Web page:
A year later, the memory lingers

Published 12:00 am Thursday, August 29, 2002

You go through life and you don't plan on dying.

"I'm invincible. I'll stay forever young," you believe.

And then you suffer a life-altering experience and everything changes.

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That's what happened to me a year ago. The story is too well-known, but worth repeating.

It was another Saturday at the Herald and a busy one at that. In the afternoon, I raced to Adams for a Sathre wedding photo and later that same afternoon I raced to Brookside Campgrounds for a Halloween in August party at Steve Braaten's place.

Then, I raced back to work to finish up some loose-ends. The annual Best of the Mower County Fair supplement was due out the next day and I was excited.

After all that racing, I decided to relax that Saturday night. My son took me to a movie and let me choose it. I picked the remake of the old "Planet of the Apes" flick. It was not up to the book or the original movie and mid-way through I realized I had made a mistake.

Then, it happened. I felt a chest pain and it hurt. I thought it was heartburn. When I was lying on my back at the hospital emergency room with all those people around me, I realized it wasn't bad movie popcorn.

Darned if it wasn't a genuine stop-everything, hurt-like-a-youknowwhat, where-did-I-put-my -will, Puhleez-God-I'll-try-harder-next-time heart attack.

How bad was it? I got a ride to St. Mary's at Rochester in a helicopter. That's how bad.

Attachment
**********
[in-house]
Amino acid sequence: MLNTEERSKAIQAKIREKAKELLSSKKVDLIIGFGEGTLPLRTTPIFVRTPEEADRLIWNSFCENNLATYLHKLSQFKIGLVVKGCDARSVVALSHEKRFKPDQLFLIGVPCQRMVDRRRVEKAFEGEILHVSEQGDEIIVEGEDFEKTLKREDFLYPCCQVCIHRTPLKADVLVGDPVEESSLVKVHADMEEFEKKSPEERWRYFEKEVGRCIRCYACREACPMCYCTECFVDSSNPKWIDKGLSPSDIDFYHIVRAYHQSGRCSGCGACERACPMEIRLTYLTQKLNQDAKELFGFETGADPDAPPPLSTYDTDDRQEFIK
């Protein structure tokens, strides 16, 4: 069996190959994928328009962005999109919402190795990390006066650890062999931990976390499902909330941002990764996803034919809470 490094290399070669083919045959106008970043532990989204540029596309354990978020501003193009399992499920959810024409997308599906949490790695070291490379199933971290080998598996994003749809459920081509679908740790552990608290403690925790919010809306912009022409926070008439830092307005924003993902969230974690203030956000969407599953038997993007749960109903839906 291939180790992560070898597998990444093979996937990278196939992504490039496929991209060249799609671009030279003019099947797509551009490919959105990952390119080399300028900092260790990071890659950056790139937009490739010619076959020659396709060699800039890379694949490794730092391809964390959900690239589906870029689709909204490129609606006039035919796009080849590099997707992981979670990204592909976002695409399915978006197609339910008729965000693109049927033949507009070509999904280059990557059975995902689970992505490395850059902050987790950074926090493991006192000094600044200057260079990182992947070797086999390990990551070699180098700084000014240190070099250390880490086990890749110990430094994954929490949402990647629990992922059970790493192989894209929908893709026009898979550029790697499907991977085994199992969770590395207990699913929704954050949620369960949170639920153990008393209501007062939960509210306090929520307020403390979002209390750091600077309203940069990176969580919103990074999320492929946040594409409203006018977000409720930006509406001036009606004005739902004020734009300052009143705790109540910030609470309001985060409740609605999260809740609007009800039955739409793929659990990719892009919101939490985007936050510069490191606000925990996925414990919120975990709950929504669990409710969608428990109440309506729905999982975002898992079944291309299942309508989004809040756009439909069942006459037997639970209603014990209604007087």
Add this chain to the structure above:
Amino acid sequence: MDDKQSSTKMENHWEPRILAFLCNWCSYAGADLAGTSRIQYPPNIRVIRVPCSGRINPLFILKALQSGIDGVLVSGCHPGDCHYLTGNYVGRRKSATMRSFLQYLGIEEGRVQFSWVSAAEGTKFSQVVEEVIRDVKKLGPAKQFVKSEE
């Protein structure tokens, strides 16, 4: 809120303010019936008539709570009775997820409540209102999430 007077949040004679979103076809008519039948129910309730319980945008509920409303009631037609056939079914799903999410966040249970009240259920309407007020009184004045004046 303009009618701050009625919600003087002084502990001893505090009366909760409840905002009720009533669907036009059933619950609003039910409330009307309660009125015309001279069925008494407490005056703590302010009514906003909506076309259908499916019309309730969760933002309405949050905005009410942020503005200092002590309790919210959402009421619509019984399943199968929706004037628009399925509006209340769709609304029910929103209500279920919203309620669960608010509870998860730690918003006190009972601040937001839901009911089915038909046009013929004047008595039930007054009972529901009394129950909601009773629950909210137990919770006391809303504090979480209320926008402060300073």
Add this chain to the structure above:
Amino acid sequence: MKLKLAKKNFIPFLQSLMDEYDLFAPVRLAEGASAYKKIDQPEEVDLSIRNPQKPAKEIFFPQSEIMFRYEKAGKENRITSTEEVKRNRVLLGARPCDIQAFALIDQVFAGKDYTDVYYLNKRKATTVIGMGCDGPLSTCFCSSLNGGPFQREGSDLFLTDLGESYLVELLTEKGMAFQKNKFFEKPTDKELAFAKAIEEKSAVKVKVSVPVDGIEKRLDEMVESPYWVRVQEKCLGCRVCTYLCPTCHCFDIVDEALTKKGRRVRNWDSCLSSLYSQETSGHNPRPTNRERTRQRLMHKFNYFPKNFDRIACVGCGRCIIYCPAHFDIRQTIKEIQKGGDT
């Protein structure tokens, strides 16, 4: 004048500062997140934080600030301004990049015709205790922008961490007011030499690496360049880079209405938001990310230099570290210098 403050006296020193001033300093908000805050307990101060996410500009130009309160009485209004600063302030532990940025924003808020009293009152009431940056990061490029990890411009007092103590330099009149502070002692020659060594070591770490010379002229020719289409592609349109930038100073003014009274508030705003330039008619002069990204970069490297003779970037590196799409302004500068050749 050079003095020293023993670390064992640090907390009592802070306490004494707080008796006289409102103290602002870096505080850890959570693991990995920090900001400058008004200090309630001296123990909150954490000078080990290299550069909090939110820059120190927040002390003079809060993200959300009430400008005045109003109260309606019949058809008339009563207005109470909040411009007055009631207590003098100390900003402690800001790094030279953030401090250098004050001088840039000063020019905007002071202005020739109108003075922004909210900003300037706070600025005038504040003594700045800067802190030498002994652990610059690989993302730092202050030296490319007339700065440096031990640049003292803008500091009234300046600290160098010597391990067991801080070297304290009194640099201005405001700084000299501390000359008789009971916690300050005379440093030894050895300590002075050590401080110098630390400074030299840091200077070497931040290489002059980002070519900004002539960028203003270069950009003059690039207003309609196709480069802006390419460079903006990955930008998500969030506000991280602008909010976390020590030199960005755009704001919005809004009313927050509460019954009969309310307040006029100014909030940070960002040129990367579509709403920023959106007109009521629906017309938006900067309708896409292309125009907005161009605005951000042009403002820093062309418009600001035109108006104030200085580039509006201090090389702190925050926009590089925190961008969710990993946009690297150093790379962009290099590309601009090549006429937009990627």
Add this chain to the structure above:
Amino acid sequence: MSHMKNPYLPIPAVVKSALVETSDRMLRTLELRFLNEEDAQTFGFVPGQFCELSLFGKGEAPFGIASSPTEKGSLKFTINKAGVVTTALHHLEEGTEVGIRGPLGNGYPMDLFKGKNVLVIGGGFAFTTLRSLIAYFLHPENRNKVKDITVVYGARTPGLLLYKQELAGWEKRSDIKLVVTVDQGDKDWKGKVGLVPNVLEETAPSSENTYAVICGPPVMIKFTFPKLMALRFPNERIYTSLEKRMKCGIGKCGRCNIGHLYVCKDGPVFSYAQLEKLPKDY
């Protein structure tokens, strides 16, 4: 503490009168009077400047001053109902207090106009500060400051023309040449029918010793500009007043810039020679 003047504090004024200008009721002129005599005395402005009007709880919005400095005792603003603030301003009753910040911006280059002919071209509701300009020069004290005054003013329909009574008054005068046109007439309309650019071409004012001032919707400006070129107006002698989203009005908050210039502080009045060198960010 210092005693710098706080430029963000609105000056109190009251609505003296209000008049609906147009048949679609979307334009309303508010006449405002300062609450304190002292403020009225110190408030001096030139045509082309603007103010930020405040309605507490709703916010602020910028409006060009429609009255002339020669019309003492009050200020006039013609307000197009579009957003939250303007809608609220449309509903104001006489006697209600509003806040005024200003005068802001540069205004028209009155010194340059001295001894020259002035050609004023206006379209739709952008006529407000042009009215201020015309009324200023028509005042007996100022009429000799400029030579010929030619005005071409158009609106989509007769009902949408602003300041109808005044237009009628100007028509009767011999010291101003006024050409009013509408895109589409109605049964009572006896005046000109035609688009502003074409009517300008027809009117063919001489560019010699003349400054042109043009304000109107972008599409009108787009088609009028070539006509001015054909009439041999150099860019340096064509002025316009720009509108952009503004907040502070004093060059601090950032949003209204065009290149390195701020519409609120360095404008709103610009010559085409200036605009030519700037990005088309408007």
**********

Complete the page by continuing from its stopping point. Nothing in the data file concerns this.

Now, everybody my age seems to have had a heart attack or other life-altering experience of some sort. Perfectly healthy people seem to be in the minority.

There's nothing special about mine. It happened and I lived to tell about it.

I'd like to get on with my life, but it's not happening yet.

A year later the heart attack, I can't stop thinking about it. Of course, taking all those medications and the frequent flier miles I'm earning on my constant trips to the hospital are constant reminders it ain't over until the overweight cardiac rehab patient sings. (Or is it a scream?)

Each morning, I ride a bicycle from my home to work. It's a distance of two miles. Lance Armstrong rides that far to put air in his bike tires. To me, it's the Bataan Death March and an around-the-world journey by duck-walking trip that leaves me feeling like the lead dog in the Iditarod sled race.

I'm wasted bicycling to work and coming home at night. I pass Queen of Angels Catholic Church and think to myself: "If it's going to happen again, let it happen right here. They might let a Lutheran inside for his own funeral."

Then, I pedal a little harder and before long I'm cruising pass the Dick Lang for County Commissioner signs and heading for the home stretch.

There's no retreat, no surrender here.

The other day, after a visit to the doctor, I was feeling so good that I decided to play a joke on the guy and crack a corny joke when he came back into the room with my test results.

So while I was pulling up my pants, I said aloud when I heard the door open. "Will I be able to have wild and crazy sex again?"

It was a nurse, who smiled and said the doctor would like to see me again next month.

Lee Bonorden can be contacted at 434-2232 or by e-mail at :mailto:lee.bonorden@austindailyherald.com